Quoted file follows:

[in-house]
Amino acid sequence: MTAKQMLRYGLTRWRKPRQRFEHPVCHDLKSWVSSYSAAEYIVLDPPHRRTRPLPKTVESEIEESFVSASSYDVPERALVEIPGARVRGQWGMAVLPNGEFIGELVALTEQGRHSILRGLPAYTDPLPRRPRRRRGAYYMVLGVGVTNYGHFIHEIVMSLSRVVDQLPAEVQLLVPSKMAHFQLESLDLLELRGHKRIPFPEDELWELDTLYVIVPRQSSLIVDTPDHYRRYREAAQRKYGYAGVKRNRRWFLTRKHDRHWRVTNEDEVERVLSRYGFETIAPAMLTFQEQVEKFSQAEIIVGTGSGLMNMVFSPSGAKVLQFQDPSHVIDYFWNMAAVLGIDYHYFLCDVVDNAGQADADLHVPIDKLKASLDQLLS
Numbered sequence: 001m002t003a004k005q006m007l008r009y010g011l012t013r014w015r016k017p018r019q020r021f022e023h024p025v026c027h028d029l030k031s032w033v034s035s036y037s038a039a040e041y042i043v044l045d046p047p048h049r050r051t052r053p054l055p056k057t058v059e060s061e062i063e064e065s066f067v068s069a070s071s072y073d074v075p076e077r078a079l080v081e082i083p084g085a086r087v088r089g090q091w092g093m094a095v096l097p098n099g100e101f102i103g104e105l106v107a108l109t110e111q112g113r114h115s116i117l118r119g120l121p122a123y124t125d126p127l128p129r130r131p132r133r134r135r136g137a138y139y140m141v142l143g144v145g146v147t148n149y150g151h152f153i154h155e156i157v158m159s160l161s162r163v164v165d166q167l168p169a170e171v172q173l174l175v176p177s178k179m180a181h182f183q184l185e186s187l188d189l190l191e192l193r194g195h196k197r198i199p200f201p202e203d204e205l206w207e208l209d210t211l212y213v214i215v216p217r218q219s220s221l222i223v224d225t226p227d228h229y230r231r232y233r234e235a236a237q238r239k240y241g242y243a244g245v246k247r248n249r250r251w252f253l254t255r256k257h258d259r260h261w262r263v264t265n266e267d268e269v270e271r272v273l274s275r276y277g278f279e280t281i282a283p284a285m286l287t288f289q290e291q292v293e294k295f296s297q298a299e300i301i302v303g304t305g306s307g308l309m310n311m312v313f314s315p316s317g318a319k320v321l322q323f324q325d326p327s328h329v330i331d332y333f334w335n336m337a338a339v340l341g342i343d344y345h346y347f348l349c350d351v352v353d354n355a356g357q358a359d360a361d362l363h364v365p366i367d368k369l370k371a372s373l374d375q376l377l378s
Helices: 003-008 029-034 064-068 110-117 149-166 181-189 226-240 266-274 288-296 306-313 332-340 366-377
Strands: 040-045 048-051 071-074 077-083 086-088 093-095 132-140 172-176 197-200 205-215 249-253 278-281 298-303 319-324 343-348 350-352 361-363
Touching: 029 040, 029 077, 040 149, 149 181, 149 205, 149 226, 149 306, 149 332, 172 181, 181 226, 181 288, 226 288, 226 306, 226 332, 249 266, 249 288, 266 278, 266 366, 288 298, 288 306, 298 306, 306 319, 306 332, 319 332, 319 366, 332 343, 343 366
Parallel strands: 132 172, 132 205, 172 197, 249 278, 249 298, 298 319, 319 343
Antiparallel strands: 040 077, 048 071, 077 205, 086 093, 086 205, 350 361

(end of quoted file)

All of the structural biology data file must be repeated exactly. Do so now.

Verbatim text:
[in-house]
Amino acid sequence: MTAKQMLRYGLTRWRKPRQRFEHPVCHDLKSWVSSYSAAEYIVLDPPHRRTRPLPKTVESEIEESFVSASSYDVPERALVEIPGARVRGQWGMAVLPNGEFIGELVALTEQGRHSILRGLPAYTDPLPRRPRRRRGAYYMVLGVGVTNYGHFIHEIVMSLSRVVDQLPAEVQLLVPSKMAHFQLESLDLLELRGHKRIPFPEDELWELDTLYVIVPRQSSLIVDTPDHYRRYREAAQRKYGYAGVKRNRRWFLTRKHDRHWRVTNEDEVERVLSRYGFETIAPAMLTFQEQVEKFSQAEIIVGTGSGLMNMVFSPSGAKVLQFQDPSHVIDYFWNMAAVLGIDYHYFLCDVVDNAGQADADLHVPIDKLKASLDQLLS
Numbered sequence: 001m002t003a004k005q006m007l008r009y010g011l012t013r014w015r016k017p018r019q020r021f022e023h024p025v026c027h028d029l030k031s032w033v034s035s036y037s038a039a040e041y042i043v044l045d046p047p048h049r050r051t052r053p054l055p056k057t058v059e060s061e062i063e064e065s066f067v068s069a070s071s072y073d074v075p076e077r078a079l080v081e082i083p084g085a086r087v088r089g090q091w092g093m094a095v096l097p098n099g100e101f102i103g104e105l106v107a108l109t110e111q112g113r114h115s116i117l118r119g120l121p122a123y124t125d126p127l128p129r130r131p132r133r134r135r136g137a138y139y140m141v142l143g144v145g146v147t148n149y150g151h152f153i154h155e156i157v158m159s160l161s162r163v164v165d166q167l168p169a170e171v172q173l174l175v176p177s178k179m180a181h182f183q184l185e186s187l188d189l190l191e192l193r194g195h196k197r198i199p200f201p202e203d204e205l206w207e208l209d210t211l212y213v214i215v216p217r218q219s220s221l222i223v224d225t226p227d228h229y230r231r232y233r234e235a236a237q238r239k240y241g242y243a244g245v246k247r248n249r250r251w252f253l254t255r256k257h258d259r260h261w262r263v264t265n266e267d268e269v270e271r272v273l274s275r276y277g278f279e280t281i282a283p284a285m286l287t288f289q290e291q292v293e294k295f296s297q298a299e300i301i302v303g304t305g306s307g308l309m310n311m312v313f314s315p316s317g318a319k320v321l322q323f324q325d326p327s328h329v330i331d332y333f334w335n336m337a338a339v340l341g342i343d344y345h346y347f348l349c350d351v352v353d354n355a356g357q358a359d360a361d362l363h364v365p366i367d368k369l370k371a372s373l374d375q376l377l378s
Helices: 003-008 029-034 064-068 110-117 149-166 181-189 226-240 266-274 288-296 306-313 332-340 366-377
Strands: 040-045 048-051 071-074 077-083 086-088 093-095 132-140 172-176 197-200 205-215 249-253 278-281 298-303 319-324 343-348 350-352 361-363
Touching: 029 040, 029 077, 040 149, 149 181, 149 205, 149 226, 149 306, 149 332, 172 181, 181 226, 181 288, 226 288, 226 306, 226 332, 249 266, 249 288, 266 278, 266 366, 288 298, 288 306, 298 306, 306 319, 306 332, 319 332, 319 366, 332 343, 343 366
Parallel strands: 132 172, 132 205, 172 197, 249 278, 249 298, 298 319, 319 343
Antiparallel strands: 040 077, 048 071, 077 205, 086 093, 086 205, 350 361